I work with a young man who has made a terrific recovery after a severe head injury he sustained a couple of years ago. He continues to have some problems with word finding and explaining himself but most people wouldn’t notice these problems if they met him socially.
When he began a phased return to work a few weeks ago it threw up further word finding problems.
Experienced working with tools he found he knew what the tools were but couldn’t name them or describe what they are for.
We implemented a period of therapy specifically looking at the vocabulary that he needed for work and then started working on his abilities to verbally explain the function of these tools.
Neither myself nor his support staff could be considered experts in the area of the toolbox and this presented itself as a great opportunity for my client to place himself in the “expert” role and use his verbal naming and explanation skills to teach us about things that are important in his work.
Our ongoing targets will include being able to explain the different steps in each aspect of his job and increasing his vocabulary retrieval within the work place.
After Traumatic Brain Injury people may need on going help at different times of transition throughout their rehabilitation.
A functional practical approach to therapy tasks helps keep people motivated, engaged and builds their confidence
I can now differentiate between a Ratchet and a nut spinner but think I’ll stick to my day job!
The frequency and length of time your child will come to therapy will be led by you. People access our services for many different reasons and at different times throughout their child’s life.
Some people come to us for an assessment and advice and need no further input from us.
Some people access our therapy on a weekly or fortnightly basis whilst they are waiting for statuary services.
You may come for a couple of sessions and then be given targets to work on with your child and then come back after you have achieved these targets.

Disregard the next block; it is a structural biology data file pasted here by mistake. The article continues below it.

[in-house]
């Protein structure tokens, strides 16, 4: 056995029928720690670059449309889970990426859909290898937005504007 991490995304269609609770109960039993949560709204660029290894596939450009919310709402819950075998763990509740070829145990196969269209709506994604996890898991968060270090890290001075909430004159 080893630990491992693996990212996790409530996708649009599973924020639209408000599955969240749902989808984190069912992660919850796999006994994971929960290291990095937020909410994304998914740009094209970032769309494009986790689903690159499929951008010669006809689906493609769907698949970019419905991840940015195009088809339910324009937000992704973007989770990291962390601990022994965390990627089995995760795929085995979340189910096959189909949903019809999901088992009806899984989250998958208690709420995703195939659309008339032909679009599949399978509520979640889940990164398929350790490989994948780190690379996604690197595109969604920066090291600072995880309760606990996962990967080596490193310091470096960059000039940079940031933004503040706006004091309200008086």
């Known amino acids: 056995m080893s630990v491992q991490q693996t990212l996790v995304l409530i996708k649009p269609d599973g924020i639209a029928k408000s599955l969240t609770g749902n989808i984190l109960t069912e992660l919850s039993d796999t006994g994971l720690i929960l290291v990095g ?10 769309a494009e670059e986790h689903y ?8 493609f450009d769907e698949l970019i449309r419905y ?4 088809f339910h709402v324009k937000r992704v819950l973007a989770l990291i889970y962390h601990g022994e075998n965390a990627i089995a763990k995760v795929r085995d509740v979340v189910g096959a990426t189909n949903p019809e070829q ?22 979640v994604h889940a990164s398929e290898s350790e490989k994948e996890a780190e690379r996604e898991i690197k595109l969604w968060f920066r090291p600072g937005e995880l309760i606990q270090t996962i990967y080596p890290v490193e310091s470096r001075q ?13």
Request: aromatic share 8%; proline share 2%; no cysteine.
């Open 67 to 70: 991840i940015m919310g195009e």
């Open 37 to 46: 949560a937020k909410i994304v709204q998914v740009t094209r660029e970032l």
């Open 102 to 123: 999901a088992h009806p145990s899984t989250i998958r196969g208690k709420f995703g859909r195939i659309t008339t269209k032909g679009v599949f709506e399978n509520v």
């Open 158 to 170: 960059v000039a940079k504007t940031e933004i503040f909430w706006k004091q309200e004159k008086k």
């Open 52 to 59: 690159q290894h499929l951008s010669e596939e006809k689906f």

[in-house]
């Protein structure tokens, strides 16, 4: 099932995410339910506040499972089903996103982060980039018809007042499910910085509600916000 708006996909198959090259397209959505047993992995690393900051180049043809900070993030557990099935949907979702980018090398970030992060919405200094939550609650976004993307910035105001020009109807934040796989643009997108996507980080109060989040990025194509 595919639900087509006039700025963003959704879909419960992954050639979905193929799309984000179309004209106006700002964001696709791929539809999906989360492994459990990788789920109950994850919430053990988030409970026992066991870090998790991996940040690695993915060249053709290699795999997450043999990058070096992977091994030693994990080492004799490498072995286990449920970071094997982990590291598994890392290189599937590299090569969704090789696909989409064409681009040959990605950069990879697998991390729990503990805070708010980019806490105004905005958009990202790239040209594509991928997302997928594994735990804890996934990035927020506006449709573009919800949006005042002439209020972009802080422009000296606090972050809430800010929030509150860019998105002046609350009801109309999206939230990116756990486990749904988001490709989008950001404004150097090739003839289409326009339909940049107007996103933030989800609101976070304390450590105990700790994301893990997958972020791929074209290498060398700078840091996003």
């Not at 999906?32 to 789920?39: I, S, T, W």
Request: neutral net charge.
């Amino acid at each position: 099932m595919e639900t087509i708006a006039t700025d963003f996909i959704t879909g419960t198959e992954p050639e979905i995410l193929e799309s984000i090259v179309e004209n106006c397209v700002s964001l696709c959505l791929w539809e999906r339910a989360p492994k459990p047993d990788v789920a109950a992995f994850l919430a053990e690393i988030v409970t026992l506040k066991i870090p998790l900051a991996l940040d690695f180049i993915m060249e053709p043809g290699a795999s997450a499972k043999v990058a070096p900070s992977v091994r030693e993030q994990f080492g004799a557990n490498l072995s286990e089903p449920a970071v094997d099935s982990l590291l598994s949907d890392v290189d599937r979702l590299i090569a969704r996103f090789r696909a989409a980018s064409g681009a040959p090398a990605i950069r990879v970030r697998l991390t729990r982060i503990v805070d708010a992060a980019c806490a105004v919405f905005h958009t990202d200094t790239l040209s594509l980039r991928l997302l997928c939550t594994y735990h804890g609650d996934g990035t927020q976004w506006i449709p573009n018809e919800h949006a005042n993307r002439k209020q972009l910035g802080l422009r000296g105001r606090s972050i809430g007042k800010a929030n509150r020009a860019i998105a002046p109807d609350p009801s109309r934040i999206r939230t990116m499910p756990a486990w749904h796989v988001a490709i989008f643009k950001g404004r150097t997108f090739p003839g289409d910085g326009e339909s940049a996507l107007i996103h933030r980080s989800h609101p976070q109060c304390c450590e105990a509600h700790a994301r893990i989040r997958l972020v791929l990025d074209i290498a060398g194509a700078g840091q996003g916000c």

The most important thing to remember is that our relationship with you and your child is a partnership. We will work together to meet the needs of your child and the needs of your family. The frequency and length of your attendance at therapy will be based on therapy targets and goals to enable your child to meet their communication potential.
“I’d also like to say how fabulous your therapist is. She is clearly experienced but also has a wonderful way with my son.”
Many people are unsure what to expect when they bring their child to see our speech and language therapist.
- Will my child speak during the session?
- Does the therapist have experience with the kind of problems my children has?
- How long will the session last?
- What happens after the session?
All of our therapists are experienced specialists working with children with a variety of difficulties. Some of our therapists have particular interests and specialities and we will talk to you about your concerns so that we can match up your needs to the right therapist. Our therapists are very used to meeting children who are shy and unwilling to talk to new people. They will make sure that the session is relaxed and non pressured for your child. We will use games and techniques to engage your child. We will gather information from you and make sure that your child has an opportunity to demonstrate what they can do as well as what they are finding difficult.
The initial session will last between 45 minutes and an hour. We will use a range of formal and informal methods to assess your child depending on the needs of your child.
At the end of the session we will discuss with you our findings and recommendations. We will then write a short report outlining our findings and recommendations.